SHARI HATT: DOGS

by Renee Baert, 2002
www.ottawaartgallery.ca

Over the past decade, the work of the photographer Shari Hatt has utilized photography to explore a range of subject matter in often playful yet consistently probing ways. The gregarious spirit of her work is interwoven with a vigorous approach to form and content that serves to unsettle norms and raise provocative questions.

In her earliest works, Hatt found unexpected pathways through which to focus on issues of gender and representation. The Jubilation of Eve (1993) disrupted art historical conventions of the female nude as “ideal” in a series of full frontal nude images of contemporary women, incorporating drapings of ivy and evidence of menstrual flow. Romantic stereotypes and identity politics were put into play in 52 men in my bedroom (1993); produced to the scale of a set of playing cards, the work displays photos of men individually photographed posing theatrically against a backdrop of a richly curtained portal in outfits signalling a range of masculine “types” from cowboy to biker to martyr to athlete to mechanic to bodybuilder. Breast Wishes (1996) was a multi-part installation that investigated the centrality of breasts to women’s personal and social experience vis a vis the restrictive cultural standards of female physical beauty. It included among its elements a grid of large scale colour photographs of the breasts of 84 women, audio recordings in which women narrated stories about their body image, and a pair of videotapes in which close-up sequences of individual women removing their bras is paired with that of the artist undressing the bandages that cover her wounds from breast reduction surgery.

In other work, Hatt has turned to sources derived from the storehouses of popular culture. These extend from the 1990-95 The All Elvis Honky, Honky Burnin’ Love Museum (a shrine/collection of artist-made original Elvis Presley artifacts, documents, effigies and memorabilia, including its subsection, the paired photograph series of My Mother Looks Like Elvis, and objects retailing the King as a look-alike Blue Boy, Jesus, Elizabeth Taylor – “King on a Hot Tin Roof” – and Virgin Mary) to her two ongoing series, Liberace’s Closet (colour photographs of the splendiferous clothing and furs of Mr. Showmanship, from the collection of the Liberace Museum in Las Vegas) and Celebrity (a colour photo series of celebrities which blurs the boundaries of artifice and real).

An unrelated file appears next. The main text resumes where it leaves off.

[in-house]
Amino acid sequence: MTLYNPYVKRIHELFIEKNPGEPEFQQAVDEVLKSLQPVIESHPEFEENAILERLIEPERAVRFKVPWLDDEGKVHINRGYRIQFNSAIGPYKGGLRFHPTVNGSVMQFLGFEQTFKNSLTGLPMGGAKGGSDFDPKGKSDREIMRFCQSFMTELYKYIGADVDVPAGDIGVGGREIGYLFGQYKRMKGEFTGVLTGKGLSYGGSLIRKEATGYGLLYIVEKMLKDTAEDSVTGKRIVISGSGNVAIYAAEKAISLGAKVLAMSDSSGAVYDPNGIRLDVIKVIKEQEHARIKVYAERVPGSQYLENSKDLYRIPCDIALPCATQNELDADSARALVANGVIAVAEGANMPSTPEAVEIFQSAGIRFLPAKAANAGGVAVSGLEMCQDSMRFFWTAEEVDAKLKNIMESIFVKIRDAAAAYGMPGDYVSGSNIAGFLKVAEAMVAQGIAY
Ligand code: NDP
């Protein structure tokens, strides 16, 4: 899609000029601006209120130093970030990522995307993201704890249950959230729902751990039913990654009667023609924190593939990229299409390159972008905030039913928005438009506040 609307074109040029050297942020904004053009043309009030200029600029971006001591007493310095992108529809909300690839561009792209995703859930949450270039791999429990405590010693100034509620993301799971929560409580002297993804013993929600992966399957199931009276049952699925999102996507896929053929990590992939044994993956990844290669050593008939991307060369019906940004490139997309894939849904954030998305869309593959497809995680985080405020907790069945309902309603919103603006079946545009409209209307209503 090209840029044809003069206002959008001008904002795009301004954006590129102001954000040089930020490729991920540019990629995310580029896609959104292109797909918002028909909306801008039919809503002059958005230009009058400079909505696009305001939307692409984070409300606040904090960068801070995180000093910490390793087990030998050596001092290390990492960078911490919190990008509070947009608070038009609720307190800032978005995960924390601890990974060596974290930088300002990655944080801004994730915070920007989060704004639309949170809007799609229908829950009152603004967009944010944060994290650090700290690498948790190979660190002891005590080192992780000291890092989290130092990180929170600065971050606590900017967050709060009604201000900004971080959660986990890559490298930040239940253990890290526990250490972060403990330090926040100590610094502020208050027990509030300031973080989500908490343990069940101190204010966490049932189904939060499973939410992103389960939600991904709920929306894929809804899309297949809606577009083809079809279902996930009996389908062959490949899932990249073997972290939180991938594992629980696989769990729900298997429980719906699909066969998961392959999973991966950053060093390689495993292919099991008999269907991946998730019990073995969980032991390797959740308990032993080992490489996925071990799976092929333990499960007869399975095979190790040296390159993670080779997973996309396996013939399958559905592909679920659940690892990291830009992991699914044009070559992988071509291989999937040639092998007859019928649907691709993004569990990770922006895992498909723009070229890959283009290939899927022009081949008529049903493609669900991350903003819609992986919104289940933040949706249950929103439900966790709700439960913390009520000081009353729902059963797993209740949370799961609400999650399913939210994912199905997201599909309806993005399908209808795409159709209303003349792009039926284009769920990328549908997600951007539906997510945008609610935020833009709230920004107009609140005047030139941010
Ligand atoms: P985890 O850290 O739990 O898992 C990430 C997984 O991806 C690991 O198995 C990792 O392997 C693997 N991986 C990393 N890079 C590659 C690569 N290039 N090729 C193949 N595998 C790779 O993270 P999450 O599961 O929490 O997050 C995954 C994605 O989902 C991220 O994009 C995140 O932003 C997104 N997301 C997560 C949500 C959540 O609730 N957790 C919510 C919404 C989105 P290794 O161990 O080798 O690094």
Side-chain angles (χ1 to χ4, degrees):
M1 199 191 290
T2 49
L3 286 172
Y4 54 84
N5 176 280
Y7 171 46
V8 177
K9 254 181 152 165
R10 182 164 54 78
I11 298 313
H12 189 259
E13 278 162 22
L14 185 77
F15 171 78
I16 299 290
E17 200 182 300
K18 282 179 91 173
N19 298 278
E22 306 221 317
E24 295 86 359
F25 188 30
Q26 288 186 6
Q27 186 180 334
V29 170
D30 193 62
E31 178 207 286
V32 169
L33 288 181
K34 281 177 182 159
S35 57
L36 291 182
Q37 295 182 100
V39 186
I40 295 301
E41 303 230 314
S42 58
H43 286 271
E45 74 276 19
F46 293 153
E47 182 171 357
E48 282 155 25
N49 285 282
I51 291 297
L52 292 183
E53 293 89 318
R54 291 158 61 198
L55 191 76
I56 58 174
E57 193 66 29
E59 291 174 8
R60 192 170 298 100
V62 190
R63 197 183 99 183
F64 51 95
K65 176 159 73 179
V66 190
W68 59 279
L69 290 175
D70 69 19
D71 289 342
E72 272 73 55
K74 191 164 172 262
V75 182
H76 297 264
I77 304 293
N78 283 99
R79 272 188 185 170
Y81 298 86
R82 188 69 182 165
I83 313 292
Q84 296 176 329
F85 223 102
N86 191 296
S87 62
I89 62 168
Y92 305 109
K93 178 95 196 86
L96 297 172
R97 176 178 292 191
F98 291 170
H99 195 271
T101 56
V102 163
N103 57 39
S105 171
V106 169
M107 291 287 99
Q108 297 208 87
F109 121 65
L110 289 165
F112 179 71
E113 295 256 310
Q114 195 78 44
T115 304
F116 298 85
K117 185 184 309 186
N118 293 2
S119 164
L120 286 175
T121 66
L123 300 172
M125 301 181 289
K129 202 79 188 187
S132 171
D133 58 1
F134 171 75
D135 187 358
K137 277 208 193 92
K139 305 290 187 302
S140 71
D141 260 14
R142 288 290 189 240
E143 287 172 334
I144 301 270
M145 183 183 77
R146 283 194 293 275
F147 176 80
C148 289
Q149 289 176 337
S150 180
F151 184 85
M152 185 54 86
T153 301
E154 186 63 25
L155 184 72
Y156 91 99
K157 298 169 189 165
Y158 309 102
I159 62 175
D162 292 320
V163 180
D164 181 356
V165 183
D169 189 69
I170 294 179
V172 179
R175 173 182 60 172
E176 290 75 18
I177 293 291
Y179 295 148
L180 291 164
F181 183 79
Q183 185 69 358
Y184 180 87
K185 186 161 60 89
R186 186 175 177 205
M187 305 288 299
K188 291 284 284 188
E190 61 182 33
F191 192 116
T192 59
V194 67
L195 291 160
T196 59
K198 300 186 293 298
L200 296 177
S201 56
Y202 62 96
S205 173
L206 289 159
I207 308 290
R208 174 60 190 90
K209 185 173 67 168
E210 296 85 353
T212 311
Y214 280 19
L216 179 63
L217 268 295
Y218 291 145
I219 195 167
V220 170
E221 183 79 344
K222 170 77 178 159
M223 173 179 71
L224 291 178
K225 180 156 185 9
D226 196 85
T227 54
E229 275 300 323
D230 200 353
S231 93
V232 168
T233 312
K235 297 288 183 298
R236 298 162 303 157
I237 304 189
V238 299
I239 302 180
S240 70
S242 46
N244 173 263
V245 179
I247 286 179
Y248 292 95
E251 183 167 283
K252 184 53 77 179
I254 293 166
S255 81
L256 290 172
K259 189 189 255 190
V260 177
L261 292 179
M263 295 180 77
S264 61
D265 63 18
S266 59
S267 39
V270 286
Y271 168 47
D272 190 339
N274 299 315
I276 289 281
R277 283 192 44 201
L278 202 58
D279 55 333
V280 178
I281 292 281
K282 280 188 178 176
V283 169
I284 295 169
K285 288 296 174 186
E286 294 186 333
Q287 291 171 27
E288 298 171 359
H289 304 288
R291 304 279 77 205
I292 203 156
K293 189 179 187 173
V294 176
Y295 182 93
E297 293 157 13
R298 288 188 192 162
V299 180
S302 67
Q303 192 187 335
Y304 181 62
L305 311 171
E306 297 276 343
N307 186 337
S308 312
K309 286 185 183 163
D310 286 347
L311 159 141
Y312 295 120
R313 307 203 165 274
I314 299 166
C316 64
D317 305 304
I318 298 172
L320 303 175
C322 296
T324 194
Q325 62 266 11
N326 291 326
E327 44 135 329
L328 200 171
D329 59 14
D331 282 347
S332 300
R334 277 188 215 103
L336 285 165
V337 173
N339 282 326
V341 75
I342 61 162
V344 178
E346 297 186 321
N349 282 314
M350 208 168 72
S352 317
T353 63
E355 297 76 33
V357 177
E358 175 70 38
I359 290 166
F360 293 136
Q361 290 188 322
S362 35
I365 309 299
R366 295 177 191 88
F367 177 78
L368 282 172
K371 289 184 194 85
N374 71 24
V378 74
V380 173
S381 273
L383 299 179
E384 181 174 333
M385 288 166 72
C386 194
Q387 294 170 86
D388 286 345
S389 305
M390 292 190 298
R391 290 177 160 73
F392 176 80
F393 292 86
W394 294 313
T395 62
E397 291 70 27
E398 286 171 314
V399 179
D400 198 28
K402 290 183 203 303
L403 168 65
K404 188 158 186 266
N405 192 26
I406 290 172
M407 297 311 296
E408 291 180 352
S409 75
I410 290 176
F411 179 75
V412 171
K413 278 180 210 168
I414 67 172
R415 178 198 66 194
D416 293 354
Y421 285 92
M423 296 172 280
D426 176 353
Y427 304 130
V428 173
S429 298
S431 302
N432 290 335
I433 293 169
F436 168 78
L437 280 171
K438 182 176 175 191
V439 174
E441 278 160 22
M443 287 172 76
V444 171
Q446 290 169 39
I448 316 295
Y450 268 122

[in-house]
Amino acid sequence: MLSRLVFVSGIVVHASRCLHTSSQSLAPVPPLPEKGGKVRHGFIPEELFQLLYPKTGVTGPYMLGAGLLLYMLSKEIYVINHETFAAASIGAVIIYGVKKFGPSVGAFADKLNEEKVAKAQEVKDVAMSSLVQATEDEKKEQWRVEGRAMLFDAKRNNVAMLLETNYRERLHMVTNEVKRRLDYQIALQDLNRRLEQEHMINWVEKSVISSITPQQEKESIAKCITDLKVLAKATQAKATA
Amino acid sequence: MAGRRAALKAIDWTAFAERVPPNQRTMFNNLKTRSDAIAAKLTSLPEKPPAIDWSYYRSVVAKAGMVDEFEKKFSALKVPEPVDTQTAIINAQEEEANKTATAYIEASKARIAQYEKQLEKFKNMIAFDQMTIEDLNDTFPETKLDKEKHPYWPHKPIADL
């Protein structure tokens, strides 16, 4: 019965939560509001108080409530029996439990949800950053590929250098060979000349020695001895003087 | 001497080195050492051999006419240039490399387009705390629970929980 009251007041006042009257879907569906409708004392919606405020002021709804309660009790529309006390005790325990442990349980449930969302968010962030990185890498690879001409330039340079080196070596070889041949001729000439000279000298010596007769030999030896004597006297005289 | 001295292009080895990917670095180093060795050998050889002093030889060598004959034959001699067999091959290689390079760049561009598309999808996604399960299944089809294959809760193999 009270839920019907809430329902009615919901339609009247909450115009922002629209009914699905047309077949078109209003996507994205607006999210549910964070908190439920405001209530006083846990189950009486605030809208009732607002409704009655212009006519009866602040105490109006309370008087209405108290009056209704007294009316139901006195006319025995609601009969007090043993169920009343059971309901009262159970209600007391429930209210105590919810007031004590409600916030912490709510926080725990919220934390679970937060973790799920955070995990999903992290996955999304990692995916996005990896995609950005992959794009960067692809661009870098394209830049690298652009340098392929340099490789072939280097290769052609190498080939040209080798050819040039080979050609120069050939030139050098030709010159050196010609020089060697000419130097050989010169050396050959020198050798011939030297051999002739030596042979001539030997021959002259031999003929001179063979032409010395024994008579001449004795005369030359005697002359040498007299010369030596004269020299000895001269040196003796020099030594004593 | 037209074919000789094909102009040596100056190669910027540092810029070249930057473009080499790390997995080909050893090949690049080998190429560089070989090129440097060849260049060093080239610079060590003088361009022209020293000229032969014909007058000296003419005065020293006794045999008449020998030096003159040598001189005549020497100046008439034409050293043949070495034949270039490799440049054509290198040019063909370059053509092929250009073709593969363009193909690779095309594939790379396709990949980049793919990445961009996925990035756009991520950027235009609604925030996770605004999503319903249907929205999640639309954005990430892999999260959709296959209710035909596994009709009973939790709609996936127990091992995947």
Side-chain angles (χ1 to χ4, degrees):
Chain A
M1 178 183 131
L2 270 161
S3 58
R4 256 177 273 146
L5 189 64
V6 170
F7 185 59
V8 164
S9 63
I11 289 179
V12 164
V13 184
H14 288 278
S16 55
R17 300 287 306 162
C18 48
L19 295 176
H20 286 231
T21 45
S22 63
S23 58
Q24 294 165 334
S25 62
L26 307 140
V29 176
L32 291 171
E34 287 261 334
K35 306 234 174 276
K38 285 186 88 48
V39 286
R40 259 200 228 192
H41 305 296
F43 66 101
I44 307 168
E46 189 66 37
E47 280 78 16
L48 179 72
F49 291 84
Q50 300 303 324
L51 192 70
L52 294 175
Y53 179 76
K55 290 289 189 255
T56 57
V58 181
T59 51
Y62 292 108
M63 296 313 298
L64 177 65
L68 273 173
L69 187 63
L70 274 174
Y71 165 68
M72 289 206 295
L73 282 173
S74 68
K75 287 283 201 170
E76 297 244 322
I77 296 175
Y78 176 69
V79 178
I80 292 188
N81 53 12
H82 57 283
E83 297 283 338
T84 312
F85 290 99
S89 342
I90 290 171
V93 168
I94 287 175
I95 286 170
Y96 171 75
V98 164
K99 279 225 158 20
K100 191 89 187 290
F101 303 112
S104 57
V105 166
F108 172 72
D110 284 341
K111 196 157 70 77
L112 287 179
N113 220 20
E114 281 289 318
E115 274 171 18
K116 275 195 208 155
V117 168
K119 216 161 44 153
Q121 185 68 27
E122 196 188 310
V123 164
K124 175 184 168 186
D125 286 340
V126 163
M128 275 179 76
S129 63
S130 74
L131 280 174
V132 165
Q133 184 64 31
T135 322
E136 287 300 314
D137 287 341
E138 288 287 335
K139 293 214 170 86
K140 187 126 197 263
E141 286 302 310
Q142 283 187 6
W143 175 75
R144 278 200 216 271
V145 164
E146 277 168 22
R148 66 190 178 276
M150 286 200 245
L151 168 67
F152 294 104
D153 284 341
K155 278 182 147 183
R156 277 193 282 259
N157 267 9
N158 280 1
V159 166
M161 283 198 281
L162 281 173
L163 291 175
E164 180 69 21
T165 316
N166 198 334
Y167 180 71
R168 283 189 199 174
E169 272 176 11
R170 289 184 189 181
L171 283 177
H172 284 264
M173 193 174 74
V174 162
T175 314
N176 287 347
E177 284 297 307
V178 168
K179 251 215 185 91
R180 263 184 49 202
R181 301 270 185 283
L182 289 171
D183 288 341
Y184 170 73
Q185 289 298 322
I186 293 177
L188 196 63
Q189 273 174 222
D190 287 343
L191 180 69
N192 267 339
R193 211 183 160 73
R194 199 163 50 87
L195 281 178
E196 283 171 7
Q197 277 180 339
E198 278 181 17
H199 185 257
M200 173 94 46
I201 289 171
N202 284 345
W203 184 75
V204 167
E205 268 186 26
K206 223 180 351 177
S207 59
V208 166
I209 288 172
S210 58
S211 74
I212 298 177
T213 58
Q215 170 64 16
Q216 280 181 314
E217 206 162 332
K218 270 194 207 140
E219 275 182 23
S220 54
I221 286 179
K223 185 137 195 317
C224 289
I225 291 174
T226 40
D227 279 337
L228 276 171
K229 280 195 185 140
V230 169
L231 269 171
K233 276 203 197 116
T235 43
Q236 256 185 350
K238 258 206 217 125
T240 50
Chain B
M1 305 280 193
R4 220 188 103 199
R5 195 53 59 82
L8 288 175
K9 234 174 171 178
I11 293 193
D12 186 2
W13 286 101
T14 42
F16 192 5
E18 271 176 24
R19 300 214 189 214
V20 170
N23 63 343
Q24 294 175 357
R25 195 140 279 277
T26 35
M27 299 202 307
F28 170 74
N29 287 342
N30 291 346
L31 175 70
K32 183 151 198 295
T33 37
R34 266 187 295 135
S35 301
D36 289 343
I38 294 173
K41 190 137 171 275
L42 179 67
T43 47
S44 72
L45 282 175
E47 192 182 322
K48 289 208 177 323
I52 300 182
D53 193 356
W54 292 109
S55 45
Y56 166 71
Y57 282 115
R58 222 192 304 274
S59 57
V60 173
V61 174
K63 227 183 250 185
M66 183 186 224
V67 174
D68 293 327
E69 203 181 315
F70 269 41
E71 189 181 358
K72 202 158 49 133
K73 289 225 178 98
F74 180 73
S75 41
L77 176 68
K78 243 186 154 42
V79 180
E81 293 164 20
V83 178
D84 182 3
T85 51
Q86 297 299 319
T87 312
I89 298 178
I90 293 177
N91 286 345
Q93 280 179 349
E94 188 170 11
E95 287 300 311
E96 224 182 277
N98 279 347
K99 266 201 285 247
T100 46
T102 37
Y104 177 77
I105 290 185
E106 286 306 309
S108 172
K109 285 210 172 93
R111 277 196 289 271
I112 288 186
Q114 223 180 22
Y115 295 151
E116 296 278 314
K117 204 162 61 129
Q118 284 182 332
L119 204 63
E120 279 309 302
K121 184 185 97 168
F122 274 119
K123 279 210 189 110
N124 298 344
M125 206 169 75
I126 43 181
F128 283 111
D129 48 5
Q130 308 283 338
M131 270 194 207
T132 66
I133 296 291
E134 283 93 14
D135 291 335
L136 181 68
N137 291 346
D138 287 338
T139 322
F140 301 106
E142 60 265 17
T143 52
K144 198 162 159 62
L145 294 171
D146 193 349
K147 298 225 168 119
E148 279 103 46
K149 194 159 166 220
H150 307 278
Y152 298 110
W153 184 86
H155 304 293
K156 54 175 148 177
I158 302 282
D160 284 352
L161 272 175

With the head-and-shoulders canine portraits that constitute the series Dogs, Shari Hatt has embarked on a large and ongoing series that takes “man’s best friend” as subject matter. In these works, Hatt inserts, in straightforward fashion, an unconventional subject into the conventions of photographic portraiture, a genre which – until the challenge set by postmodernism’s interrogation of the stability of “identity” – has laid special claim to revealing the inner life of its human subjects through its capture of gesture and expression.

Yet the dog is no stranger as a photographic subject: it accompanies the history of photography from its earliest inception. In Hatt’s work, however, the dog is not a companion or accoutrement, a stand-in for the human subject or a metaphor for human qualities, or even a pet (adjunct to its human owner): it is a subject in its own right. With her close attention to dogs in their specific, abundant uniqueness, Hatt’s work cuts across the anthropomorphism of much “pet” photography in art and amateur photography alike.

The classic head-and-shoulder close-up format of these photographs recalls not only formal portraiture but also a range of photographic genres which foreground the face as passport to identity: the driver’s licence photo, the police mug shot, the school yearbook, the photo booth picture and indeed the passport photo. But the scale, colour and ebullience of the photographs sets them apart from these more mundane usages. In their lushness, they draw nearer to celebrity photographs; yet, here too display a wider range of expressiveness. The extraordinary “presentness” of the animals affirms their vivid, indeed passionate, existence, yet it is we as viewers who can scarcely resist ascribing specific personalities to conform to the expressions of these pets otherwise unknown to us. Through portraiture, Hatt elevates these animals to the same status as the human subject, a move enhanced by her presentation of each face to the same frame-filling scale, regardless of the actual sizes of the dogs, and in a pose looking directly at the viewer. Yet the format of presentation de-individuates “identity” and renders it social through the use of the repetitive format, identical 16″ x 16″ framing and grid. As a whole, the series brings forward issues that circulate around portraiture as genre, taste, celebrity culture, the “high/low” divide and cultural mediation of the animal “other”.

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Renee Baert is a writer and curator based in Montreal, Quebec.